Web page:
A Migrant worker dies on a plantation due to unsafe working practices. His family cannot afford to repatriate the body and the plantation owner refuses to cover the costs. He is buried in an unnamed grave amongst the palm trees he used to cut, thousands of kilometres away from his family and homeland.
A female worker goes home nauseous every day after spraying fertiliser for 10 hours. She is paid less than her male equivalents and denied a stable contract. But she knows she shouldn't complain, because at least she made it home safe again tonight.
Our third worker is a child. Denied the right to education, as his family life consists of helping his father to cut the amount of fresh fruit bunches necessary to get paid that day.
These are examples of negative social impacts which still take place in the palm oil industry today. But with an almost exclusive focus on environmental topics such as deforestation and wildlife protection, Europe has neglected to draw the human factor into the debate. The men and women upon which we all depend to be able to buy our favourite cookies, detergents and creams. The men and women who are as vulnerable as some of the protected wildlife species but who do not have as many strong global NGOs dedicated to them. It is time that we fully and unequivocally recognise and mitigate the negative social impacts in the palm oil industry and also start to really leverage the socio-economic opportunities it can bring to local communities. To develop a truly sustainable palm oil sector we must not only talk about the "man of the forest" but about the "men and women in the forest".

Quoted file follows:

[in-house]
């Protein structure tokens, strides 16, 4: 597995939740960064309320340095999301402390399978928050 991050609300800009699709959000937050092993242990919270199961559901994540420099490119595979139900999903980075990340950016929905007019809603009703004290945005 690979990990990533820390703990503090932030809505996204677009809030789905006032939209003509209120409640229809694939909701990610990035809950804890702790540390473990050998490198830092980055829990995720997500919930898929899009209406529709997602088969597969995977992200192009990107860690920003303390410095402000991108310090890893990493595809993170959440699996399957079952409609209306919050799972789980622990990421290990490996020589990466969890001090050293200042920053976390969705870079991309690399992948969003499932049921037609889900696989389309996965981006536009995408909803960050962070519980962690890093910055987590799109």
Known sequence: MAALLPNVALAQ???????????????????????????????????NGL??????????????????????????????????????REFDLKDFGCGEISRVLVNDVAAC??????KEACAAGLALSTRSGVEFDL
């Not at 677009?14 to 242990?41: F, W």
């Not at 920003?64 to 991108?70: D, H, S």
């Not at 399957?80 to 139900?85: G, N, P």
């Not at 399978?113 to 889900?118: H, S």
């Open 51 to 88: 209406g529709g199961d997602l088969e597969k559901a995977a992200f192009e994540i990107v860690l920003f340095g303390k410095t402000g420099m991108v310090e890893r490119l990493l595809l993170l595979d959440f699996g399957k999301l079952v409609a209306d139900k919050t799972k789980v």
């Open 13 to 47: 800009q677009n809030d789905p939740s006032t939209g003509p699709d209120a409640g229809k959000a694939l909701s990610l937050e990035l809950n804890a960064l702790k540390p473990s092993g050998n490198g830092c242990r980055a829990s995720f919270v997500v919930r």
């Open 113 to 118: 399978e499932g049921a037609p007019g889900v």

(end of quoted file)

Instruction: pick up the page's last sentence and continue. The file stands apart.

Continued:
There are many challenges for forest communities. Social conflict can arise between communities over rights to land. Traditional structures in villages and tribes can be challenged due to sudden changes in socio-economic and purchasing power. Displacement of communities and loss of customary lands rights threaten millions of people who do not have a legal document to prove ownership. Culturally important heritage or burial sites are threatened by growing plantations; and displacement of farmers can lead them to burn land to clear it for new appropriation. On the plantation, the workers might live without access to energy, water or light. Documents can be confiscated, leading to de facto bonded labour, and child labour is still not an uncommon sight. In Malaysia alone it is estimated that between 72,000 and 200,000 stateless children work on oil palm plantations. The list goes on and on. But we cannot let that long list discourage us. The list is proof that we must go forward with boldness and conviction. Now more than ever.